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March 7, 2006

Study performs Coke vs. Pepsi Test on Engines

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According to a new study out of France, today’s search engines are more interested in banging out fancy new features than improving search relevance and customer satisfaction.

French professor Jean Veronis and his students used three American search engines: Google, Yahoo! and MSN and three French search engines: Exalead, Voila and Dir.com to compare the results from fourteen different queries. The search topics were selected to reflect a broad range of subject areas, including animals, cinema and current events. Participants were then able to construct their own search queries, using their own format (with or without quotation marks, querying one or multiple terms, etc.) to perform a ‘blind test’ on the search engines. To keep the identity of the engines a mystery, the students never performed an actual search. Instead, they wrote down their queries and Veronis performed all the searches himself. The search-URL result pairs where then given to the students to evaluate. After receiving the results, the students were asked to rate the engines in terms of relevance, scoring them on a scale of zero to five, with five being the highest. A passing grade was considered to be 2.5.

Result: All of the engines failed.

Google and Yahoo tied for ‘first place’ in terms of relevancy (MSN came in third), with a rating of 2.3, but when it came to user satisfaction, the engines failed universally with flying colors. Many engines, including Google with 28.6 percent and Yahoo with 27.7 percent, had links that scored a pathetic 0, classifying them as ‘totally useless’. Nice.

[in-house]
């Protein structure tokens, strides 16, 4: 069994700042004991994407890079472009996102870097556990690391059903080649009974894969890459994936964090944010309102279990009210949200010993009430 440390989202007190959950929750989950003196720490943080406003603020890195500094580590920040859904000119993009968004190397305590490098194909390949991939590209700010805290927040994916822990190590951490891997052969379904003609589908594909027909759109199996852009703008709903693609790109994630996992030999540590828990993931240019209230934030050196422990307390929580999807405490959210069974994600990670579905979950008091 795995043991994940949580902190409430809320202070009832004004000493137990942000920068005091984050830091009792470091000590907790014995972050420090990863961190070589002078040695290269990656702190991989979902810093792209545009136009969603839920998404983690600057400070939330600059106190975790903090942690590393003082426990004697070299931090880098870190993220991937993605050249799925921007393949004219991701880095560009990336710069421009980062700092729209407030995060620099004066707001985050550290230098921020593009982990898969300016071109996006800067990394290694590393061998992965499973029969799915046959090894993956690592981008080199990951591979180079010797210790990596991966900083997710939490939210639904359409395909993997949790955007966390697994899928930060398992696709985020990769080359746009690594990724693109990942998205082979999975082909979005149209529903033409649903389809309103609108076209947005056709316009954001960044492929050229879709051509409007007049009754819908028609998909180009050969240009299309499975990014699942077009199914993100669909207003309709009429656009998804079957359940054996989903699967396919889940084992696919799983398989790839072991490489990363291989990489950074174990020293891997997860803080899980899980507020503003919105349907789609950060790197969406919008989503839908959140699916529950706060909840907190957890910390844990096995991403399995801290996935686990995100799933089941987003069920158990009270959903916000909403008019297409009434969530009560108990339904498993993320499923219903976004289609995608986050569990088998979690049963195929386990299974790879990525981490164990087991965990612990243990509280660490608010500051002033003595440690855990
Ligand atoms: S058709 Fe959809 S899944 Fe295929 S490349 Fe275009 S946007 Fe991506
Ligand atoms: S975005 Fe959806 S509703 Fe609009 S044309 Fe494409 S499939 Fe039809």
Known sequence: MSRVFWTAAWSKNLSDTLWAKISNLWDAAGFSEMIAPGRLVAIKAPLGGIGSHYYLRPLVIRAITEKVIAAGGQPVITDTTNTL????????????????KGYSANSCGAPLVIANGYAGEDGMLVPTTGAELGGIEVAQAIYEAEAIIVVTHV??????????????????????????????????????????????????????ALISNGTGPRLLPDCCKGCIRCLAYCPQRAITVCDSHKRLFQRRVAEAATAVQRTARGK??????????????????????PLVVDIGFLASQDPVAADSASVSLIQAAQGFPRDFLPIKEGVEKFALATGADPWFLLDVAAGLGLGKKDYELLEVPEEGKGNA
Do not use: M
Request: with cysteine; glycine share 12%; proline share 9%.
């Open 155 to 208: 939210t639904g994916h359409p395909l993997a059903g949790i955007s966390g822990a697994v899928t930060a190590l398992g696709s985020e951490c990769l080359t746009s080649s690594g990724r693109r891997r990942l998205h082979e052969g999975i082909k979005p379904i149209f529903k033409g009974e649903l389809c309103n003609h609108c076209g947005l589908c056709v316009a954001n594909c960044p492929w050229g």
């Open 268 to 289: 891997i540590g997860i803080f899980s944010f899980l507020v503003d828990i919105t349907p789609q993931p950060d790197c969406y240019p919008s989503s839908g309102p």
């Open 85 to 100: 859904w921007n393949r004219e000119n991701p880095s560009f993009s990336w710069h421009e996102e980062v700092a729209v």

The results hint at some interesting conclusions. First, there is no difference between Google and Yahoo! in terms of search relevancy. If the study is accurate, users deem them 100 percent identical. So why is Google the hands-down favorite? Is it merely a result of their branding? A user is loyal to their engine because they are also using their email system, desktop, toolbar and exploring Google Earth? Second, are the search engines placing too much energy in their extras department instead of refining their search engines? Would a true, search-only engine truly satisfy user needs without the extra features? We’ll have to wait for someone to design one to find out.

The full study is available in PDF format for those interested.

(Hat-tip to Andy Beal)

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